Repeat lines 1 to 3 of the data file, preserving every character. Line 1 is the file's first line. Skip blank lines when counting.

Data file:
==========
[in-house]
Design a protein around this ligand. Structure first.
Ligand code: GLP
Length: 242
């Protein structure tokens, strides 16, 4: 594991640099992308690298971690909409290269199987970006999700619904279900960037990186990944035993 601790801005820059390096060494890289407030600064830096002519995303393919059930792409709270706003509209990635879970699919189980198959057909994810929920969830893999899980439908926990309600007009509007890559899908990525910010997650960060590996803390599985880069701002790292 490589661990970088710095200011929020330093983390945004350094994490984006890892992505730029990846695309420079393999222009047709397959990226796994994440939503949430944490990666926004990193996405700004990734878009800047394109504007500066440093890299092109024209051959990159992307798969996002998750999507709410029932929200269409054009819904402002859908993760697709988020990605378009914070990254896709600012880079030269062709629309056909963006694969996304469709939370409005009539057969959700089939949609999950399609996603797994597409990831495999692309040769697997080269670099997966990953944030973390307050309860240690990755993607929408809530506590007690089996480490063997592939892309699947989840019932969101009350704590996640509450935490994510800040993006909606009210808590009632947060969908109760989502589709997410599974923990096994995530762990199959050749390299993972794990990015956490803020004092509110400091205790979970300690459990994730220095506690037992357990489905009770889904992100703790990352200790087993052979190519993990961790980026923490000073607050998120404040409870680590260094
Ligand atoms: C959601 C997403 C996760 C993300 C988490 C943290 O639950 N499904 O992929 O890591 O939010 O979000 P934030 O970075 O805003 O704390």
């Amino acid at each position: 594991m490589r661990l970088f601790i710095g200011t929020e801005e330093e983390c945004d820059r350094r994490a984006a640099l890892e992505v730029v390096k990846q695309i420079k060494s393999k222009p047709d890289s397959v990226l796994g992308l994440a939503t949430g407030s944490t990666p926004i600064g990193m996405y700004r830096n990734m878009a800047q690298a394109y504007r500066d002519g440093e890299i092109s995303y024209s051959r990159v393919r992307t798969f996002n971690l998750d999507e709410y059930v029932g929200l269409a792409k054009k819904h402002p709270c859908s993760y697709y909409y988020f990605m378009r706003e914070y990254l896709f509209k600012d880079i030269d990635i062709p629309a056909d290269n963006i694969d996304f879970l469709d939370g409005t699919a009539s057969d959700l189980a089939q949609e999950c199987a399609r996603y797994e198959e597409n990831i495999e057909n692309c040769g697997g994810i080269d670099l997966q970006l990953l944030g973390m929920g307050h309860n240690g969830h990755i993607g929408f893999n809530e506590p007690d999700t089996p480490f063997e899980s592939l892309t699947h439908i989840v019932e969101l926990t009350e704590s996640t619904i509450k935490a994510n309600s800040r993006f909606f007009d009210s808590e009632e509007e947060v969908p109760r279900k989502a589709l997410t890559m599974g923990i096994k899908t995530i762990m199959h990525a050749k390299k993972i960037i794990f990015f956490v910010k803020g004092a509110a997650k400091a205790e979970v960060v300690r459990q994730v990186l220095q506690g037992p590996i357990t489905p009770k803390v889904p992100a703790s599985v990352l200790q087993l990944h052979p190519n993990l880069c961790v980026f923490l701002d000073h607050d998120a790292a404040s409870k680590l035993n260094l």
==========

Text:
[in-house]
Design a protein around this ligand. Structure first.
Ligand code: GLP